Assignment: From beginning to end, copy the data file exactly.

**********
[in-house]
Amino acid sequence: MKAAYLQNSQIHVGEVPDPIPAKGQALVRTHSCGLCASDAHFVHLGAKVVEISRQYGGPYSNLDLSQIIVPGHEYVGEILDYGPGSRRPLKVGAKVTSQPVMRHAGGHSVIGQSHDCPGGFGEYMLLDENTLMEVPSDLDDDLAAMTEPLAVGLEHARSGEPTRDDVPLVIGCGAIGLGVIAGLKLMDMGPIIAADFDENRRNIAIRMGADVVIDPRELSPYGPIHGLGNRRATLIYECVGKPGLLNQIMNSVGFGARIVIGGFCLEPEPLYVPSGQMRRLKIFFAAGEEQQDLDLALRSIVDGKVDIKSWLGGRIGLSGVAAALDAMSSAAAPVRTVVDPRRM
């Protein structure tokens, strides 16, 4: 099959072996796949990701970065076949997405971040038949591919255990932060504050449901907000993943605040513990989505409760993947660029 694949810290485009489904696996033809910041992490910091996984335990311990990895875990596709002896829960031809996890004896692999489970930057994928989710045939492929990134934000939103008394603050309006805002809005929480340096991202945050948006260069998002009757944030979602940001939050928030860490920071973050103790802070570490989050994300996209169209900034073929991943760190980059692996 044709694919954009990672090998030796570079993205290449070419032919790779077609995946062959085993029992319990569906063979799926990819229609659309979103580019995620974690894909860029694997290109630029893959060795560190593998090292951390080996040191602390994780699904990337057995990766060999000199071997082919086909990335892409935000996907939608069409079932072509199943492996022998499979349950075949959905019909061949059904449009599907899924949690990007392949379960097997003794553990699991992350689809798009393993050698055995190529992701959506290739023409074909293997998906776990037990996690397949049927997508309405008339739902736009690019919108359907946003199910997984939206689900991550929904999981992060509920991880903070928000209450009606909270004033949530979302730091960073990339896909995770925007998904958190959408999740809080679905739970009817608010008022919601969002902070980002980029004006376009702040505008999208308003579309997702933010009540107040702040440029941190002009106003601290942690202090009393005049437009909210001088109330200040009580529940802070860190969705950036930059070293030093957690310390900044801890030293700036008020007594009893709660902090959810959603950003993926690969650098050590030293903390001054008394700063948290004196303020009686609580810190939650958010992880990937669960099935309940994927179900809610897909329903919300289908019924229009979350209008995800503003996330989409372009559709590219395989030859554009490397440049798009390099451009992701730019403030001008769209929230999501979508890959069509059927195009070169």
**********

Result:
[in-house]
Amino acid sequence: MKAAYLQNSQIHVGEVPDPIPAKGQALVRTHSCGLCASDAHFVHLGAKVVEISRQYGGPYSNLDLSQIIVPGHEYVGEILDYGPGSRRPLKVGAKVTSQPVMRHAGGHSVIGQSHDCPGGFGEYMLLDENTLMEVPSDLDDDLAAMTEPLAVGLEHARSGEPTRDDVPLVIGCGAIGLGVIAGLKLMDMGPIIAADFDENRRNIAIRMGADVVIDPRELSPYGPIHGLGNRRATLIYECVGKPGLLNQIMNSVGFGARIVIGGFCLEPEPLYVPSGQMRRLKIFFAAGEEQQDLDLALRSIVDGKVDIKSWLGGRIGLSGVAAALDAMSSAAAPVRTVVDPRRM
């Protein structure tokens, strides 16, 4: 099959072996796949990701970065076949997405971040038949591919255990932060504050449901907000993943605040513990989505409760993947660029 694949810290485009489904696996033809910041992490910091996984335990311990990895875990596709002896829960031809996890004896692999489970930057994928989710045939492929990134934000939103008394603050309006805002809005929480340096991202945050948006260069998002009757944030979602940001939050928030860490920071973050103790802070570490989050994300996209169209900034073929991943760190980059692996 044709694919954009990672090998030796570079993205290449070419032919790779077609995946062959085993029992319990569906063979799926990819229609659309979103580019995620974690894909860029694997290109630029893959060795560190593998090292951390080996040191602390994780699904990337057995990766060999000199071997082919086909990335892409935000996907939608069409079932072509199943492996022998499979349950075949959905019909061949059904449009599907899924949690990007392949379960097997003794553990699991992350689809798009393993050698055995190529992701959506290739023409074909293997998906776990037990996690397949049927997508309405008339739902736009690019919108359907946003199910997984939206689900991550929904999981992060509920991880903070928000209450009606909270004033949530979302730091960073990339896909995770925007998904958190959408999740809080679905739970009817608010008022919601969002902070980002980029004006376009702040505008999208308003579309997702933010009540107040702040440029941190002009106003601290942690202090009393005049437009909210001088109330200040009580529940802070860190969705950036930059070293030093957690310390900044801890030293700036008020007594009893709660902090959810959603950003993926690969650098050590030293903390001054008394700063948290004196303020009686609580810190939650958010992880990937669960099935309940994927179900809610897909329903919300289908019924229009979350209008995800503003996330989409372009559709590219395989030859554009490397440049798009390099451009992701730019403030001008769209929230999501979508890959069509059927195009070169």